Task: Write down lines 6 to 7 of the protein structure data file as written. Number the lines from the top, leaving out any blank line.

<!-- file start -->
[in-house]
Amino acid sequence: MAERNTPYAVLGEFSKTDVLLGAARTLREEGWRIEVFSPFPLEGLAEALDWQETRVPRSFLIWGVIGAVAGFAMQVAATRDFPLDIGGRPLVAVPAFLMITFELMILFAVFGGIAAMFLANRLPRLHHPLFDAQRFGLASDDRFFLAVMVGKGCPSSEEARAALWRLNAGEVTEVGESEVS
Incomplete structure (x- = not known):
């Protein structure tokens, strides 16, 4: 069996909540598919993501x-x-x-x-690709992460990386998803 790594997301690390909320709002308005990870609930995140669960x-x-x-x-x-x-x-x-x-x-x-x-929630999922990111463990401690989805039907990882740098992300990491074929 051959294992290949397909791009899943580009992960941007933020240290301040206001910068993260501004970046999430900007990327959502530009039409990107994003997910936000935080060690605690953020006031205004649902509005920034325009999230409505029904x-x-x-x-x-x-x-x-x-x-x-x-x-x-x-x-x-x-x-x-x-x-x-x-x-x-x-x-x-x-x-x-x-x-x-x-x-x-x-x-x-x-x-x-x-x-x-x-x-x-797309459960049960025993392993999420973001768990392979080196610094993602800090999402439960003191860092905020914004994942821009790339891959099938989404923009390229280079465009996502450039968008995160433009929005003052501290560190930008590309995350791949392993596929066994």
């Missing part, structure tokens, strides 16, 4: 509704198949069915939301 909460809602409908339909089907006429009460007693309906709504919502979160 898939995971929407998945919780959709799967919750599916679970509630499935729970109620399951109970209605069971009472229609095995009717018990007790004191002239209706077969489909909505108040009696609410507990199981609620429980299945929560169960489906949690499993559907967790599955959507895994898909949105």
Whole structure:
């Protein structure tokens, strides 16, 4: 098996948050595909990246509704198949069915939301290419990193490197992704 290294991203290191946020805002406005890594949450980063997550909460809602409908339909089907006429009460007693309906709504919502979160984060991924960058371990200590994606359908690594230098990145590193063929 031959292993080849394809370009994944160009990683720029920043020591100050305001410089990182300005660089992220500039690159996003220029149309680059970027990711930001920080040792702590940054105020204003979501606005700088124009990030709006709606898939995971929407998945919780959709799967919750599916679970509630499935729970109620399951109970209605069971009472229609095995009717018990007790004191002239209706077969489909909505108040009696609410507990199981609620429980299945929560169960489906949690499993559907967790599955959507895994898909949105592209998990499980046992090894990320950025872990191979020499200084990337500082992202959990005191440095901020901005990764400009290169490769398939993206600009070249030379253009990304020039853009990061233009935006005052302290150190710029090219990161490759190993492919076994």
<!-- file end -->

Whole structure:
């Protein structure tokens, strides 16, 4: 098996948050595909990246509704198949069915939301290419990193490197992704 290294991203290191946020805002406005890594949450980063997550909460809602409908339909089907006429009460007693309906709504919502979160984060991924960058371990200590994606359908690594230098990145590193063929 031959292993080849394809370009994944160009990683720029920043020591100050305001410089990182300005660089992220500039690159996003220029149309680059970027990711930001920080040792702590940054105020204003979501606005700088124009990030709006709606898939995971929407998945919780959709799967919750599916679970509630499935729970109620399951109970209605069971009472229609095995009717018990007790004191002239209706077969489909909505108040009696609410507990199981609620429980299945929560169960489906949690499993559907967790599955959507895994898909949105592209998990499980046992090894990320950025872990191979020499200084990337500082992202959990005191440095901020901005990764400009290169490769398939993206600009070249030379253009990304020039853009990061233009935006005052302290150190710029090219990161490759190993492919076994």